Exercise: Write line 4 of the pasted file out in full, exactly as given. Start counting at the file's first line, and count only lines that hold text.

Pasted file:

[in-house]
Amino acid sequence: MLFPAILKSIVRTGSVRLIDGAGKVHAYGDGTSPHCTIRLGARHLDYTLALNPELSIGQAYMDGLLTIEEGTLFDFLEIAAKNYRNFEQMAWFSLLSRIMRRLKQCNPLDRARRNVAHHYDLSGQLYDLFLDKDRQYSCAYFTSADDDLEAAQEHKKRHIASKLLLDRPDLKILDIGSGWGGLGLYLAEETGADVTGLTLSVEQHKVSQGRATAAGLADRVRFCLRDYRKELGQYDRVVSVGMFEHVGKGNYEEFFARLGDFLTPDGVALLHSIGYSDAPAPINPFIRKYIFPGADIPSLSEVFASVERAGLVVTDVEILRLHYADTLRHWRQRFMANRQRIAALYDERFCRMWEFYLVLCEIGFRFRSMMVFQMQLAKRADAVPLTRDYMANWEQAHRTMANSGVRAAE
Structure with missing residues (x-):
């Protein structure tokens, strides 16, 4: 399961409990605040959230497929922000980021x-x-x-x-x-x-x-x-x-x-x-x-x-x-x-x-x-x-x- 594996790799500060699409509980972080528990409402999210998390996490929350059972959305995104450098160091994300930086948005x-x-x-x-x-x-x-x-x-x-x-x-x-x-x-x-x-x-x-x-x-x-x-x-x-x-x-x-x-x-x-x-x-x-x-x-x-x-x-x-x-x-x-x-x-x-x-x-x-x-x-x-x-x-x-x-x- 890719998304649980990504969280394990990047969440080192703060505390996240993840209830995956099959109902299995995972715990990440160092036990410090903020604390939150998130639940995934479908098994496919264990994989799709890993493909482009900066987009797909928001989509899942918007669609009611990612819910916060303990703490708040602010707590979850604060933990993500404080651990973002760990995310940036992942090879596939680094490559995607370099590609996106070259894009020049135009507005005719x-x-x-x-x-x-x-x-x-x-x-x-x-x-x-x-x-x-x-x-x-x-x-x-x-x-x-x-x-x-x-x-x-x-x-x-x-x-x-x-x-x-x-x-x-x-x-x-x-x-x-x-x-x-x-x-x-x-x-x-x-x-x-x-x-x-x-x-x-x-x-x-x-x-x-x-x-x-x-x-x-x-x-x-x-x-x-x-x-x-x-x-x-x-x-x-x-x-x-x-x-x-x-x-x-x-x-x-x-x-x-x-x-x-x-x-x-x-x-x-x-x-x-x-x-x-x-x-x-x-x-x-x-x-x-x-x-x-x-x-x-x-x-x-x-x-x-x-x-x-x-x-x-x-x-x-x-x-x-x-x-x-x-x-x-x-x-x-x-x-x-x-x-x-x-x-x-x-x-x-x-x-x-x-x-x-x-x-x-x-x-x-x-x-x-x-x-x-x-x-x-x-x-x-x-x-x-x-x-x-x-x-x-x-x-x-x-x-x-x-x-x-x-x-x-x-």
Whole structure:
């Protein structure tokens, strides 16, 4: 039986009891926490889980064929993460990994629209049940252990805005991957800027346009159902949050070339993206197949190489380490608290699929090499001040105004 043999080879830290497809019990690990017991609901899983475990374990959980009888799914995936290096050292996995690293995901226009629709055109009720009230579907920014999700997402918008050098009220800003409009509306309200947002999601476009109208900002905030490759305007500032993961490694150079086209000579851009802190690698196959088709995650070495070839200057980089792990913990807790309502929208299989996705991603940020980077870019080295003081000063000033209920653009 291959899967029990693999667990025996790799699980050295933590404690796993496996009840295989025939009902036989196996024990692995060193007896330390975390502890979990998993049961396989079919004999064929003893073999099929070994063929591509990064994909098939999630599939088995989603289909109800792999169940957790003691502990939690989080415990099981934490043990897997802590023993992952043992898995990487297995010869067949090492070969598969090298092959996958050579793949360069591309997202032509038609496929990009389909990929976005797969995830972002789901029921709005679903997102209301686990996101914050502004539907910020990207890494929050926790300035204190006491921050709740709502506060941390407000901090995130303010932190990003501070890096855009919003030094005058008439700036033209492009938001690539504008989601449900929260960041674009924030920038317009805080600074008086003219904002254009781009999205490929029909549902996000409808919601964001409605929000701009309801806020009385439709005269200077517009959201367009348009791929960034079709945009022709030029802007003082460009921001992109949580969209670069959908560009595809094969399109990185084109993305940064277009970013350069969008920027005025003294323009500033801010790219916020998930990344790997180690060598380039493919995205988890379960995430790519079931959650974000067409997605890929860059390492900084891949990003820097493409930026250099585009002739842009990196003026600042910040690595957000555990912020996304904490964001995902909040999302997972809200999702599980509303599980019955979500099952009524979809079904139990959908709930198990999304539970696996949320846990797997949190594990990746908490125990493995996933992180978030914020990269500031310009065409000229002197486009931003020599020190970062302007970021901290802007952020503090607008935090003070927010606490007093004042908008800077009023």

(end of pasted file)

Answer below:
């Protein structure tokens, strides 16, 4: 399961409990605040959230497929922000980021x-x-x-x-x-x-x-x-x-x-x-x-x-x-x-x-x-x-x- 594996790799500060699409509980972080528990409402999210998390996490929350059972959305995104450098160091994300930086948005x-x-x-x-x-x-x-x-x-x-x-x-x-x-x-x-x-x-x-x-x-x-x-x-x-x-x-x-x-x-x-x-x-x-x-x-x-x-x-x-x-x-x-x-x-x-x-x-x-x-x-x-x-x-x-x-x- 890719998304649980990504969280394990990047969440080192703060505390996240993840209830995956099959109902299995995972715990990440160092036990410090903020604390939150998130639940995934479908098994496919264990994989799709890993493909482009900066987009797909928001989509899942918007669609009611990612819910916060303990703490708040602010707590979850604060933990993500404080651990973002760990995310940036992942090879596939680094490559995607370099590609996106070259894009020049135009507005005719x-x-x-x-x-x-x-x-x-x-x-x-x-x-x-x-x-x-x-x-x-x-x-x-x-x-x-x-x-x-x-x-x-x-x-x-x-x-x-x-x-x-x-x-x-x-x-x-x-x-x-x-x-x-x-x-x-x-x-x-x-x-x-x-x-x-x-x-x-x-x-x-x-x-x-x-x-x-x-x-x-x-x-x-x-x-x-x-x-x-x-x-x-x-x-x-x-x-x-x-x-x-x-x-x-x-x-x-x-x-x-x-x-x-x-x-x-x-x-x-x-x-x-x-x-x-x-x-x-x-x-x-x-x-x-x-x-x-x-x-x-x-x-x-x-x-x-x-x-x-x-x-x-x-x-x-x-x-x-x-x-x-x-x-x-x-x-x-x-x-x-x-x-x-x-x-x-x-x-x-x-x-x-x-x-x-x-x-x-x-x-x-x-x-x-x-x-x-x-x-x-x-x-x-x-x-x-x-x-x-x-x-x-x-x-x-x-x-x-x-x-x-x-x-x-x-």